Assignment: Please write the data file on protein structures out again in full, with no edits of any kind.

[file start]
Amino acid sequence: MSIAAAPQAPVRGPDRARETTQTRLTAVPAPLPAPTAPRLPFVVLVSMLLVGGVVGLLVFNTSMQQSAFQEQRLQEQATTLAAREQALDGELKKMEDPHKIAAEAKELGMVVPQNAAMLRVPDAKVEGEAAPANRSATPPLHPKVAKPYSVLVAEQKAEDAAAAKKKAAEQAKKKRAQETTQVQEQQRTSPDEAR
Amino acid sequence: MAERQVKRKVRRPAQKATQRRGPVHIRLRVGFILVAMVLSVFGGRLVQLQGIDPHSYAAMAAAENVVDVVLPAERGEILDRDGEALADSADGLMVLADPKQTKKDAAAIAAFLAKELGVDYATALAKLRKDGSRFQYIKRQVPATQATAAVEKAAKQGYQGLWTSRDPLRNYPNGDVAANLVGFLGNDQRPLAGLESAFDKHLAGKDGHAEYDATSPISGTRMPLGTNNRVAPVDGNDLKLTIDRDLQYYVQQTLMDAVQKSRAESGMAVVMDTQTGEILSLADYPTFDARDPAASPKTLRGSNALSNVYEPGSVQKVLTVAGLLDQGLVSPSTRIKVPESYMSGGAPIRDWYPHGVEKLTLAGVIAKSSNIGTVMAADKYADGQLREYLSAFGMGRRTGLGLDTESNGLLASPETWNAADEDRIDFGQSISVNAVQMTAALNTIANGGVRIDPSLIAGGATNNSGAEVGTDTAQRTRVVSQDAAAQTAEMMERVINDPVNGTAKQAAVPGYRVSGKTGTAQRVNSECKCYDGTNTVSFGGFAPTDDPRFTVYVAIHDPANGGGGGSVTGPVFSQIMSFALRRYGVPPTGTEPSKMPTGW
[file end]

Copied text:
Amino acid sequence: MSIAAAPQAPVRGPDRARETTQTRLTAVPAPLPAPTAPRLPFVVLVSMLLVGGVVGLLVFNTSMQQSAFQEQRLQEQATTLAAREQALDGELKKMEDPHKIAAEAKELGMVVPQNAAMLRVPDAKVEGEAAPANRSATPPLHPKVAKPYSVLVAEQKAEDAAAAKKKAAEQAKKKRAQETTQVQEQQRTSPDEAR
Amino acid sequence: MAERQVKRKVRRPAQKATQRRGPVHIRLRVGFILVAMVLSVFGGRLVQLQGIDPHSYAAMAAAENVVDVVLPAERGEILDRDGEALADSADGLMVLADPKQTKKDAAAIAAFLAKELGVDYATALAKLRKDGSRFQYIKRQVPATQATAAVEKAAKQGYQGLWTSRDPLRNYPNGDVAANLVGFLGNDQRPLAGLESAFDKHLAGKDGHAEYDATSPISGTRMPLGTNNRVAPVDGNDLKLTIDRDLQYYVQQTLMDAVQKSRAESGMAVVMDTQTGEILSLADYPTFDARDPAASPKTLRGSNALSNVYEPGSVQKVLTVAGLLDQGLVSPSTRIKVPESYMSGGAPIRDWYPHGVEKLTLAGVIAKSSNIGTVMAADKYADGQLREYLSAFGMGRRTGLGLDTESNGLLASPETWNAADEDRIDFGQSISVNAVQMTAALNTIANGGVRIDPSLIAGGATNNSGAEVGTDTAQRTRVVSQDAAAQTAEMMERVINDPVNGTAKQAAVPGYRVSGKTGTAQRVNSECKCYDGTNTVSFGGFAPTDDPRFTVYVAIHDPANGGGGGSVTGPVFSQIMSFALRRYGVPPTGTEPSKMPTGW